Last week’s news was dominated by dueling funerals.  The lives of John Mccain and Aretha Franklin were celebrated with laughter and tears.  They both came from disparate backgrounds – McCain from a famous military family and Aretha the daughter of a minister in a black ghetto of Detroit.  They were both flawed, she twice a preteen mother who became addicted to alcohol and nicotine, and he a rebellious Annapolis midshipman who seemed to not have found a sense of purpose until suffering years of extreme torture as a prisoner of war.  Who could have predicted that these youngsters would be accorded such epitaphs?  She in an 8 hour funeral preceded by a week of celebration where she was feted as “the queen of soul” and a major civil rights activist.  Equally unlikely was that McCain would become an honored world-renowned political figure who nearly became President.


Of particular interest to me was the transition of McCain from irresponsible hell raiser to one who came to be revered as a model of integrity.  His explanation was: “In prison I fell in love with my country”.  However; I suspect that it may be more accurate to say that he fell in love with his countrymen.  The bonding that occurs in situations where people must rely on others for their continued existence rivals that which we feel for our closest family members even our children.  Much military training is designed to encourage such bonding by doing everything as a group, marching, enduring hardship, suffering together and devising situations in which mutual dependency is essential to success.  Such bonds become so strong in combat situations that those who are forced to leave their buddies may actually grieve and request a return to combat.  After capture and his identification as the son and grandson of admirals McCain was subjected to extremely violent torture.  He credits the care received from his fellow POWs for saving his life, and he would continue to profess his love for them throughout his life.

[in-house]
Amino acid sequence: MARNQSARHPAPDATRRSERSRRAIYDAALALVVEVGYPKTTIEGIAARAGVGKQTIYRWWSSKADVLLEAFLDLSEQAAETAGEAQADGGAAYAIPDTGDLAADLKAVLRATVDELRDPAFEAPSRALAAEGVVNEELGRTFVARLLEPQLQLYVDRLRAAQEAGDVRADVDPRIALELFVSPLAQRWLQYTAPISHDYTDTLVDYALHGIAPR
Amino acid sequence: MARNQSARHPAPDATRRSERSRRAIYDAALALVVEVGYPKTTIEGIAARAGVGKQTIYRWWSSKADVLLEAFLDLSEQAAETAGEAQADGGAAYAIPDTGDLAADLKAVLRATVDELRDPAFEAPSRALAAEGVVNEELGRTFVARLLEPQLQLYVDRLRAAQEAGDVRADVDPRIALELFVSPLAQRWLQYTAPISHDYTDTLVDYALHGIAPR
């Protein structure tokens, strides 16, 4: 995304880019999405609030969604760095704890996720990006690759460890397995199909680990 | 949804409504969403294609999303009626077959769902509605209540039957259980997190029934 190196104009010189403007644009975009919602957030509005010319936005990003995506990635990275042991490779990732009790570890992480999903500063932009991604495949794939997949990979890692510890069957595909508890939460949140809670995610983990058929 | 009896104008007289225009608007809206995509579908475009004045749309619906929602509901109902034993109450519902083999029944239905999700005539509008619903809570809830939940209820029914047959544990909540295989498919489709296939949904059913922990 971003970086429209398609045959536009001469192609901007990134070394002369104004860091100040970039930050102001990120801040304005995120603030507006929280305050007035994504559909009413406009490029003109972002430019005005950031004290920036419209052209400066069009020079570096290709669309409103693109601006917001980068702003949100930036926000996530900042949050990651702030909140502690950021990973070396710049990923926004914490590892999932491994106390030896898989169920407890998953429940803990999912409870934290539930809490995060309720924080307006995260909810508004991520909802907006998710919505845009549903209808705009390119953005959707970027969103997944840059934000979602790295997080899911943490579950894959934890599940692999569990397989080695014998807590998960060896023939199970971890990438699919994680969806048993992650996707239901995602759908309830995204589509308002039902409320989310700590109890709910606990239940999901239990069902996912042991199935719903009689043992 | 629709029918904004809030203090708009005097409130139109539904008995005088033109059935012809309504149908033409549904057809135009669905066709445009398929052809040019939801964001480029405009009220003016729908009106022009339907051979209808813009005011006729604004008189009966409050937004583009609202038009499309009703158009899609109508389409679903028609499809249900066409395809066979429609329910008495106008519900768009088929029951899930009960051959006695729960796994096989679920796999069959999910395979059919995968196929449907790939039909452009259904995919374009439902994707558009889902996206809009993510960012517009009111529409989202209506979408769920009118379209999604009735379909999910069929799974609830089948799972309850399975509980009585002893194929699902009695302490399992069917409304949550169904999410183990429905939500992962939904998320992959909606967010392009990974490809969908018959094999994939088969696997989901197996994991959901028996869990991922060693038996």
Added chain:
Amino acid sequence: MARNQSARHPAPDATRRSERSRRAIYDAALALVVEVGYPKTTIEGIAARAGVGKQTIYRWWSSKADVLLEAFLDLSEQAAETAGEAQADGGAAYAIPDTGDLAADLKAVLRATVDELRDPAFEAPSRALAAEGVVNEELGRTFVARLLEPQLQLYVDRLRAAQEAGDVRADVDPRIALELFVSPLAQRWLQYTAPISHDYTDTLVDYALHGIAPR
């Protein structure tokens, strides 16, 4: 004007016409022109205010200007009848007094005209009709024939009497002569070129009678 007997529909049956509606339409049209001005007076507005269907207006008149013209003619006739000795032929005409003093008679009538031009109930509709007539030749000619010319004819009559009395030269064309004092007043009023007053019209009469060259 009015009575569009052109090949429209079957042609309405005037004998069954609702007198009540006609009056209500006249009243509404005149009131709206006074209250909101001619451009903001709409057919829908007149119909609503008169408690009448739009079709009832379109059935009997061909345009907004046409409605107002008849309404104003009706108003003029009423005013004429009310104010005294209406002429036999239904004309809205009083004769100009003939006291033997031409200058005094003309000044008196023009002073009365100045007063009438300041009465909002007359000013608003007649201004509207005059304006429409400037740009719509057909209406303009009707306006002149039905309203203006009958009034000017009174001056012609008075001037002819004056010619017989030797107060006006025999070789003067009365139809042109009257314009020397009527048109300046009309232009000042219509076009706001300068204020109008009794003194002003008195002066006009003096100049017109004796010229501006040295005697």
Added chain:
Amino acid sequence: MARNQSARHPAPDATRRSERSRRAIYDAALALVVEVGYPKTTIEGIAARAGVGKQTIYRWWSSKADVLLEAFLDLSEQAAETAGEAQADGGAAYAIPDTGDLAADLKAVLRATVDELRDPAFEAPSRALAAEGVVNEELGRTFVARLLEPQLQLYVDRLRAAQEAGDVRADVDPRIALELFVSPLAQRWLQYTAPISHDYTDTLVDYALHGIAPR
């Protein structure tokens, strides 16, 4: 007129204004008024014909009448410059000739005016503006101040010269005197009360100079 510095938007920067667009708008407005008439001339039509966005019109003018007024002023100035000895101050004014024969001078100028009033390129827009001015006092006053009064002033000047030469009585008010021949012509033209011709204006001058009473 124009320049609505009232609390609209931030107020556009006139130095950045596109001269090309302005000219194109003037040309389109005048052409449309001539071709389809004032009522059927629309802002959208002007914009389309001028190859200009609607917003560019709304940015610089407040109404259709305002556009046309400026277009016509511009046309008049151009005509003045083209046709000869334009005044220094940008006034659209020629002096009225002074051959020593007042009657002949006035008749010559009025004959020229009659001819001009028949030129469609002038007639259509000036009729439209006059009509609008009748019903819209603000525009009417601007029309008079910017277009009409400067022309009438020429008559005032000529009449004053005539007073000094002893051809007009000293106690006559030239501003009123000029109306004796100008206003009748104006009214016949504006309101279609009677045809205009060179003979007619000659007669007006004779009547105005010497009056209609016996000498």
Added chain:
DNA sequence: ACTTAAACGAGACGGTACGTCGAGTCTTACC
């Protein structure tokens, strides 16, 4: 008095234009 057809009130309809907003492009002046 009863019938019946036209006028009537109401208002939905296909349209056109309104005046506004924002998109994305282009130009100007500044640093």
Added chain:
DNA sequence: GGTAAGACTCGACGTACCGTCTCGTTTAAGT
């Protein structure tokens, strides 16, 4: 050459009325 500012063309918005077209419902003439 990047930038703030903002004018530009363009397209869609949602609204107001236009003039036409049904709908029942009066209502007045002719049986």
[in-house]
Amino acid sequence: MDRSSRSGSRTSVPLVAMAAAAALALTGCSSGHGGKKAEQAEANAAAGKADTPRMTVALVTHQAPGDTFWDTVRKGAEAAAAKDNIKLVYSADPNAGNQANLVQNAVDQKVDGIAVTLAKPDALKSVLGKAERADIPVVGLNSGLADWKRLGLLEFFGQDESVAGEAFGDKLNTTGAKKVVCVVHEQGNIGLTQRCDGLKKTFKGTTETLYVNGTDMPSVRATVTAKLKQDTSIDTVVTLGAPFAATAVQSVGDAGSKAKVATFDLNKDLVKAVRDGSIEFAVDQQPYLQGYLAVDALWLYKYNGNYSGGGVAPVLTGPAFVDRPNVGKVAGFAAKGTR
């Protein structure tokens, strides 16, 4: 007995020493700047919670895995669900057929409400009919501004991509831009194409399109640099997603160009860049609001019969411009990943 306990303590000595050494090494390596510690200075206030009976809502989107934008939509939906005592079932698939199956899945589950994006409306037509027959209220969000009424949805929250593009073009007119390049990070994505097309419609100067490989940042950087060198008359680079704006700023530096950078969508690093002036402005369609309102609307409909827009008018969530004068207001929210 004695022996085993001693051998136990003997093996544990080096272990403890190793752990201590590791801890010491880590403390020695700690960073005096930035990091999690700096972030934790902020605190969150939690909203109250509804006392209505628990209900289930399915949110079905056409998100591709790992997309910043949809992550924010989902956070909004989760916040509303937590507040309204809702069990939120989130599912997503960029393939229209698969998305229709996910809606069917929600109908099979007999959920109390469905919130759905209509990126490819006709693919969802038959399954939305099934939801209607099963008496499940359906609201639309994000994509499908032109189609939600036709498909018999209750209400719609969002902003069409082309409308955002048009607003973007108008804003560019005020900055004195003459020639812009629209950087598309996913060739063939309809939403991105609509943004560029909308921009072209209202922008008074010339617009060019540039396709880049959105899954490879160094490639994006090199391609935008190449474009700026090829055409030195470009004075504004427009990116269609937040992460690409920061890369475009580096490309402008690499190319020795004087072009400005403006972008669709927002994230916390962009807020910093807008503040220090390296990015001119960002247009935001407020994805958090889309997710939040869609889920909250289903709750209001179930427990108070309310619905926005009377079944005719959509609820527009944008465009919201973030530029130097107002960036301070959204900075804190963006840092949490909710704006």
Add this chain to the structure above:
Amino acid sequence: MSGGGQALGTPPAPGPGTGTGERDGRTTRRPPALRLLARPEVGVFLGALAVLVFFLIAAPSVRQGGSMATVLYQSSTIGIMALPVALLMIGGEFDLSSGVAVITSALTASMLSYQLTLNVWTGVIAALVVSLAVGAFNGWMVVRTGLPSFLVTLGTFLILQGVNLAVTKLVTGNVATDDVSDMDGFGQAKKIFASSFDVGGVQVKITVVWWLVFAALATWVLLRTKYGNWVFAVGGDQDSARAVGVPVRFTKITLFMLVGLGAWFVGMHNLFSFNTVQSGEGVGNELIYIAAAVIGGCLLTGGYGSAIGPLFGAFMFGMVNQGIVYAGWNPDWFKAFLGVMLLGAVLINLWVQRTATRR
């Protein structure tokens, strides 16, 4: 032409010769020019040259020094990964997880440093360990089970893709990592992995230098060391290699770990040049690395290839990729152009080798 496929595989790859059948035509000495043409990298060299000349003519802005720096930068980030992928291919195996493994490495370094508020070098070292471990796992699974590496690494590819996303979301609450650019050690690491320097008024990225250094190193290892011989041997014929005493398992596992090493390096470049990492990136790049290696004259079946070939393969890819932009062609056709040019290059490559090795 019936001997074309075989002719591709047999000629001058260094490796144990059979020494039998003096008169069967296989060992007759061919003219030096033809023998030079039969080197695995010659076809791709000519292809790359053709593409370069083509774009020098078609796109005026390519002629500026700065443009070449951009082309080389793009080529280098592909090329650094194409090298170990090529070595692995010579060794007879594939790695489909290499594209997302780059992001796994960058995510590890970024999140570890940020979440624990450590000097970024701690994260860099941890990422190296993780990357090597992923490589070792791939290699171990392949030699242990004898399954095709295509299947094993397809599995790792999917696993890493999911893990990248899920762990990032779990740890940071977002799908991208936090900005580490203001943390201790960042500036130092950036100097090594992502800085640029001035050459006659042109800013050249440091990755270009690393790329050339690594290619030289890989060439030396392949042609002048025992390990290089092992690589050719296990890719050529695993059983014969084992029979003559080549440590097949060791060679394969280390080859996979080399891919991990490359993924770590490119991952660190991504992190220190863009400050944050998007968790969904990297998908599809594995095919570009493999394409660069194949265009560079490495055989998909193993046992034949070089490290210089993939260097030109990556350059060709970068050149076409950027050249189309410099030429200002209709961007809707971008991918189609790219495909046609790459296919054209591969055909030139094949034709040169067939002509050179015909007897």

It is not surprising that McCain would come to accept those codes of honor that were likely drilled into him ad nauseum as a child.  Mark Twain expressed it well with his statement:

“when I was a boy of 14, my father was so ignorant I could hardly stand to have the old man around, but when I              got to be 21, I was astonished at how much the old man had learned

  Whatever influences came to bear, the qualities of integrity, truthfulness, respect, courage, compassion, loyalty, devotion to duty, and humility were repetitively ascribed to this man by his eulogists.  These are all terms which could be listed under the term honor, a quality that finds particular emphasis in the military academies, and which undoubtedly was the standard expected of him as he grew up.   At some point in his life he seems to have adopted this code of honor which he attempted to apply to his political career.  He did not always behave in an honorable fashion as exemplified by his involvement in the Keating savings and loan scandal, and even worse his abandonment of his crippled first wife for a younger and more affluent one.


To his credit however McCain did assume responsibility for his actions expressed regrets for these dishonorable behaviors, and has sought to make amends.  He even berates himself for having broadcast a Vietnamese propaganda message after having undergone months of unbelievable torture.   Many (myself included) have disagreed with some of his positions, but his courage has only been questioned by one person – a guy who was rejected by his local draft board due to his bone spurs.